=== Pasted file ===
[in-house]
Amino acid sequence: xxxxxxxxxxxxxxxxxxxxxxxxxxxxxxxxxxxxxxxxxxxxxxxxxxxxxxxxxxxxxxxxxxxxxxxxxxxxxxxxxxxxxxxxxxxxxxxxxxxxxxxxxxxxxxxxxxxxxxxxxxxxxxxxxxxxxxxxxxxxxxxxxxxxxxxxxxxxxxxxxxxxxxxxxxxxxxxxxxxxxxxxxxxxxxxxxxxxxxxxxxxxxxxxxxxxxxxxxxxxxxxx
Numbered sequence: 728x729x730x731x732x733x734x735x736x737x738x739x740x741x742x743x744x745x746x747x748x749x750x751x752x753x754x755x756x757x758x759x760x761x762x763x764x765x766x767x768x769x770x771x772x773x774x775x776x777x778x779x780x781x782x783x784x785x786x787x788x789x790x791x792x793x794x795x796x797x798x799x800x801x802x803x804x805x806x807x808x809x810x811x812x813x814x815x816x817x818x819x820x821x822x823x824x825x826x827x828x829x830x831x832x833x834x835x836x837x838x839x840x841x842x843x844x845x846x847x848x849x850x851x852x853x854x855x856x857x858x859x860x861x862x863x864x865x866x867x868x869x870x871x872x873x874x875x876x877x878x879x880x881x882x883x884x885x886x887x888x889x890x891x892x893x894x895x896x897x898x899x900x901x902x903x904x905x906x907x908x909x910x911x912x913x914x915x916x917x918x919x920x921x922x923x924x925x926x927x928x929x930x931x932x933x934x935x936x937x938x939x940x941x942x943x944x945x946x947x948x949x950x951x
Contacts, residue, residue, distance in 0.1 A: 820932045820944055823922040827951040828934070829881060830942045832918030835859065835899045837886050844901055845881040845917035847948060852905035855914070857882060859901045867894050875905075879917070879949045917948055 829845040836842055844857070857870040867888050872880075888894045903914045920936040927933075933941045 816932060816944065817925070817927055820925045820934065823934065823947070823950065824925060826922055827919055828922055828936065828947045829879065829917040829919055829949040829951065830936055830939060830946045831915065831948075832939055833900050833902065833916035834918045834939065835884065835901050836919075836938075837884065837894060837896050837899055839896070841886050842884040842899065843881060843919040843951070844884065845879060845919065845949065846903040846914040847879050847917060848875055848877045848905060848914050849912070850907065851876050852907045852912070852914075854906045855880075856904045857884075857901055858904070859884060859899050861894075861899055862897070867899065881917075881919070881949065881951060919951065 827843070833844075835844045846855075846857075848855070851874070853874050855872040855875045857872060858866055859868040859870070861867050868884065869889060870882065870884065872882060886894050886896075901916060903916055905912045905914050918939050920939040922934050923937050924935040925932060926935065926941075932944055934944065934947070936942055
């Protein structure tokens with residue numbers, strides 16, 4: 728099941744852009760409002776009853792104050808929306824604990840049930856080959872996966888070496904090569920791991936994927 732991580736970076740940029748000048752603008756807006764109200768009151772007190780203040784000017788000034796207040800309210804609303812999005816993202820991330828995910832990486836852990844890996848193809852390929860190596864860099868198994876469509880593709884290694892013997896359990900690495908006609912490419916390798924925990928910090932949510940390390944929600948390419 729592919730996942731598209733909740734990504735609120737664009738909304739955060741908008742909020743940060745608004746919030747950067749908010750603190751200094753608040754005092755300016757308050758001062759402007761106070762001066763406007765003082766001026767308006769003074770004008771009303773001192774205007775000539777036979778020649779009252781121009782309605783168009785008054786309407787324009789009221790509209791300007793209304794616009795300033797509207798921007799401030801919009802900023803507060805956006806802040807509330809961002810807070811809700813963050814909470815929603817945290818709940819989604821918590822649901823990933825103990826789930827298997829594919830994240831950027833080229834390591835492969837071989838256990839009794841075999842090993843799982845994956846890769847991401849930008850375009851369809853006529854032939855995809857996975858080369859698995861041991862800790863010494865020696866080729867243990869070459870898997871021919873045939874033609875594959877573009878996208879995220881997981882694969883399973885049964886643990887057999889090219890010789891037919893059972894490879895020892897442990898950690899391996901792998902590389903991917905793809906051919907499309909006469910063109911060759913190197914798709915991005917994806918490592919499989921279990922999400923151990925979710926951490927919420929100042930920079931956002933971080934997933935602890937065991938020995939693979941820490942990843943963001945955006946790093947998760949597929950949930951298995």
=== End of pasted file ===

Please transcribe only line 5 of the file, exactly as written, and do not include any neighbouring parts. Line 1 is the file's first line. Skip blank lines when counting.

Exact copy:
């Protein structure tokens with residue numbers, strides 16, 4: 728099941744852009760409002776009853792104050808929306824604990840049930856080959872996966888070496904090569920791991936994927 732991580736970076740940029748000048752603008756807006764109200768009151772007190780203040784000017788000034796207040800309210804609303812999005816993202820991330828995910832990486836852990844890996848193809852390929860190596864860099868198994876469509880593709884290694892013997896359990900690495908006609912490419916390798924925990928910090932949510940390390944929600948390419 729592919730996942731598209733909740734990504735609120737664009738909304739955060741908008742909020743940060745608004746919030747950067749908010750603190751200094753608040754005092755300016757308050758001062759402007761106070762001066763406007765003082766001026767308006769003074770004008771009303773001192774205007775000539777036979778020649779009252781121009782309605783168009785008054786309407787324009789009221790509209791300007793209304794616009795300033797509207798921007799401030801919009802900023803507060805956006806802040807509330809961002810807070811809700813963050814909470815929603817945290818709940819989604821918590822649901823990933825103990826789930827298997829594919830994240831950027833080229834390591835492969837071989838256990839009794841075999842090993843799982845994956846890769847991401849930008850375009851369809853006529854032939855995809857996975858080369859698995861041991862800790863010494865020696866080729867243990869070459870898997871021919873045939874033609875594959877573009878996208879995220881997981882694969883399973885049964886643990887057999889090219890010789891037919893059972894490879895020892897442990898950690899391996901792998902590389903991917905793809906051919907499309909006469910063109911060759913190197914798709915991005917994806918490592919499989921279990922999400923151990925979710926951490927919420929100042930920079931956002933971080934997933935602890937065991938020995939693979941820490942990843943963001945955006946790093947998760949597929950949930951298995």